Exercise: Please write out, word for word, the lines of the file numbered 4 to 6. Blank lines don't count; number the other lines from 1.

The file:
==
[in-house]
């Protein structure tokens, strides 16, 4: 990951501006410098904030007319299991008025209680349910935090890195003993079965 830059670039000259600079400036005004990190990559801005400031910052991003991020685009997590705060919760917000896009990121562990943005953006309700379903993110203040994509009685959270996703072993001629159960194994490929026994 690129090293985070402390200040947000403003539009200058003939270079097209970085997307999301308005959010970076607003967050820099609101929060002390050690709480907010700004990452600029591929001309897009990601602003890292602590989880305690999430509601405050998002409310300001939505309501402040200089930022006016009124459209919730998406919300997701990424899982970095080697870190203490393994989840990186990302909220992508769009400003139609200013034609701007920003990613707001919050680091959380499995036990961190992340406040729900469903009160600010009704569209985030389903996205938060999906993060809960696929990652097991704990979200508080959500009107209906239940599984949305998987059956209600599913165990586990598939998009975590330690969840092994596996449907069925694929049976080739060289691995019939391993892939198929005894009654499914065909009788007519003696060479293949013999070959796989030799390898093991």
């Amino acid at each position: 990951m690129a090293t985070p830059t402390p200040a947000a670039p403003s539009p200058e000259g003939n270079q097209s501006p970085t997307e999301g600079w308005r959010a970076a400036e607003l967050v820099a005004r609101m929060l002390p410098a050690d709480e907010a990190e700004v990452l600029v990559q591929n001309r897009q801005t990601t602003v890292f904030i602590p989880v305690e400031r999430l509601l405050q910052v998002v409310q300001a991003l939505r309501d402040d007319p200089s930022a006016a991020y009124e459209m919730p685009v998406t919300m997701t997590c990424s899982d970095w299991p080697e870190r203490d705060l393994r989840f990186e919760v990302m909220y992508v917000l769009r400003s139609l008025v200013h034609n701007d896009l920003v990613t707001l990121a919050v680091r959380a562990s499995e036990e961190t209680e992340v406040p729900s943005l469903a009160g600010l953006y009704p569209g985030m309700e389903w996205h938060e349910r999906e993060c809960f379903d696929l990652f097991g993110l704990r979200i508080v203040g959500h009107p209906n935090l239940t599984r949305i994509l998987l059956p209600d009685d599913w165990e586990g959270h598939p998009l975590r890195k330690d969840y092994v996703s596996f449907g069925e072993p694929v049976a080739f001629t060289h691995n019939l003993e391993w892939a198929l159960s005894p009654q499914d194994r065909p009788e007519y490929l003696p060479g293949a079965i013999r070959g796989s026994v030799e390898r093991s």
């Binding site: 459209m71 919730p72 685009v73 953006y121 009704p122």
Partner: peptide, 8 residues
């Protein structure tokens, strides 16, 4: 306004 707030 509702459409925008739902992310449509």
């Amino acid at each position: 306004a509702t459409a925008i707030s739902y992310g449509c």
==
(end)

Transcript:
């Binding site: 459209m71 919730p72 685009v73 953006y121 009704p122």
Partner: peptide, 8 residues
């Protein structure tokens, strides 16, 4: 306004 707030 509702459409925008739902992310449509």